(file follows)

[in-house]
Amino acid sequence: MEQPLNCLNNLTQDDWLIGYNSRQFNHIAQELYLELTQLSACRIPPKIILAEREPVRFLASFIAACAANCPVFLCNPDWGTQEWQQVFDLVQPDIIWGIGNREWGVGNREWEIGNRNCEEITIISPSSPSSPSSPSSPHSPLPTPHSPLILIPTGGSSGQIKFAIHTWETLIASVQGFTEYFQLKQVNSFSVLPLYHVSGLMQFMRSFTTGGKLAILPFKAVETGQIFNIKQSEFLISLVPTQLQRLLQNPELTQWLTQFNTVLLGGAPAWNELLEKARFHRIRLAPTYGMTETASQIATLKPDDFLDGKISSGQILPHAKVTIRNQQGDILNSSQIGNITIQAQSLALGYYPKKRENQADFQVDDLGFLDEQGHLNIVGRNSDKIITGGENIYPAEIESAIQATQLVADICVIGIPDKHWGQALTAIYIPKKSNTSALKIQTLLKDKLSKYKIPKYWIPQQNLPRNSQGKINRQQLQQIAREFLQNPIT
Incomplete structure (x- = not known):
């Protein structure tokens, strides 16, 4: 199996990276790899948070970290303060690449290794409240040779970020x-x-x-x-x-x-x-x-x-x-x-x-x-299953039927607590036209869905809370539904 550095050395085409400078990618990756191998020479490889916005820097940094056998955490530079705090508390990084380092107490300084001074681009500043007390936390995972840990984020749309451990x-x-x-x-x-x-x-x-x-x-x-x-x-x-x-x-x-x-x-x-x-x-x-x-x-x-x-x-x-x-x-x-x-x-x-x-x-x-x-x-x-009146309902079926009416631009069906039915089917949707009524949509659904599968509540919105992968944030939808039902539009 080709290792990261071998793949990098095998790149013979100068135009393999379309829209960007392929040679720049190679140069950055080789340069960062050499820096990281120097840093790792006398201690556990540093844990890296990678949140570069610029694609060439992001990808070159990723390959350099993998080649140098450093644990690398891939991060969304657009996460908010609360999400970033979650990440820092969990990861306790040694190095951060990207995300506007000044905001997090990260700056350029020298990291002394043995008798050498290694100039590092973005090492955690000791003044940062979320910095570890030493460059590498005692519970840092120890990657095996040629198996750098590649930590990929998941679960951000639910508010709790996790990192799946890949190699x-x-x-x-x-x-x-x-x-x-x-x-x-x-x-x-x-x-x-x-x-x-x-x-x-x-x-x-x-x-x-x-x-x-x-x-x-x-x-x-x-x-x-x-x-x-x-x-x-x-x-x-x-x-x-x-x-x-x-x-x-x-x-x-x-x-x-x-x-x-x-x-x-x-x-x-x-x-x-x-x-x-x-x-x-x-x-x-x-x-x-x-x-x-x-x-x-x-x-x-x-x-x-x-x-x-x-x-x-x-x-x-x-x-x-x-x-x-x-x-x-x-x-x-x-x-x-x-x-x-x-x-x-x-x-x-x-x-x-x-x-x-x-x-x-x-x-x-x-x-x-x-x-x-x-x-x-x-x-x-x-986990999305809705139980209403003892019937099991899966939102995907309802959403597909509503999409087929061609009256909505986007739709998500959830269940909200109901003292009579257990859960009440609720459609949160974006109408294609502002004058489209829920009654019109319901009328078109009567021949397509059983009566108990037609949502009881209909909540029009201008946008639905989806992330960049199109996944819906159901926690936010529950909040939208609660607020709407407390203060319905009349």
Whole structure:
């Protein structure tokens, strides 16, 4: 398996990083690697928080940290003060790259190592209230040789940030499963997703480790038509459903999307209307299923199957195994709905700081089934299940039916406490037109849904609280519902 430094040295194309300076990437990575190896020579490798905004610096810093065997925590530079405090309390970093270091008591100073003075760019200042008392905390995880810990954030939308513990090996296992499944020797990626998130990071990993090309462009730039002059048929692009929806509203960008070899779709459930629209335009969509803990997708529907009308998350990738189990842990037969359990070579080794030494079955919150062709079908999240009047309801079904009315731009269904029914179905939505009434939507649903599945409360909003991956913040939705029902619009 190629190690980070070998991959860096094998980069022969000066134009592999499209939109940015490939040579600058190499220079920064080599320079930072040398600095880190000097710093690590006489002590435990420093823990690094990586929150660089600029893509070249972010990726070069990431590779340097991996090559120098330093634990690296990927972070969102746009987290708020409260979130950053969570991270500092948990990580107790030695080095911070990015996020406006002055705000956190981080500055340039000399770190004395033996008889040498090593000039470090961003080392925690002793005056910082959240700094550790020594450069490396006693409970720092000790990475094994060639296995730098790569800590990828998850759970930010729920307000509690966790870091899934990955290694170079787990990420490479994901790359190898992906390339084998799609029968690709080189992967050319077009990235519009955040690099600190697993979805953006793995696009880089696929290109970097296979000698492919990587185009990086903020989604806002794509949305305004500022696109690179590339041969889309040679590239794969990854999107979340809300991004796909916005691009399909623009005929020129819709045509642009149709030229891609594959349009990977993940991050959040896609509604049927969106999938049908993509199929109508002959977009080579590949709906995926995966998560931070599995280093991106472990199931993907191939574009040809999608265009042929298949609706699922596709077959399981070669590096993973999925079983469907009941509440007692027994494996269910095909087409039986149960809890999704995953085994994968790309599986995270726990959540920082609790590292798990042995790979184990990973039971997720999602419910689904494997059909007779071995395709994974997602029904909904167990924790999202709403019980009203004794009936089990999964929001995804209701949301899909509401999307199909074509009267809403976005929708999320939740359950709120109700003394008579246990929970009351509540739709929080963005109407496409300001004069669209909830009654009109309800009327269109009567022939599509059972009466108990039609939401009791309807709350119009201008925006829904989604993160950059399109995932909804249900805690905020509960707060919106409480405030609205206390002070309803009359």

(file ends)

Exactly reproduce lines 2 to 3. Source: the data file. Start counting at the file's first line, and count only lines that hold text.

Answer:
Amino acid sequence: MEQPLNCLNNLTQDDWLIGYNSRQFNHIAQELYLELTQLSACRIPPKIILAEREPVRFLASFIAACAANCPVFLCNPDWGTQEWQQVFDLVQPDIIWGIGNREWGVGNREWEIGNRNCEEITIISPSSPSSPSSPSSPHSPLPTPHSPLILIPTGGSSGQIKFAIHTWETLIASVQGFTEYFQLKQVNSFSVLPLYHVSGLMQFMRSFTTGGKLAILPFKAVETGQIFNIKQSEFLISLVPTQLQRLLQNPELTQWLTQFNTVLLGGAPAWNELLEKARFHRIRLAPTYGMTETASQIATLKPDDFLDGKISSGQILPHAKVTIRNQQGDILNSSQIGNITIQAQSLALGYYPKKRENQADFQVDDLGFLDEQGHLNIVGRNSDKIITGGENIYPAEIESAIQATQLVADICVIGIPDKHWGQALTAIYIPKKSNTSALKIQTLLKDKLSKYKIPKYWIPQQNLPRNSQGKINRQQLQQIAREFLQNPIT
Incomplete structure (x- = not known):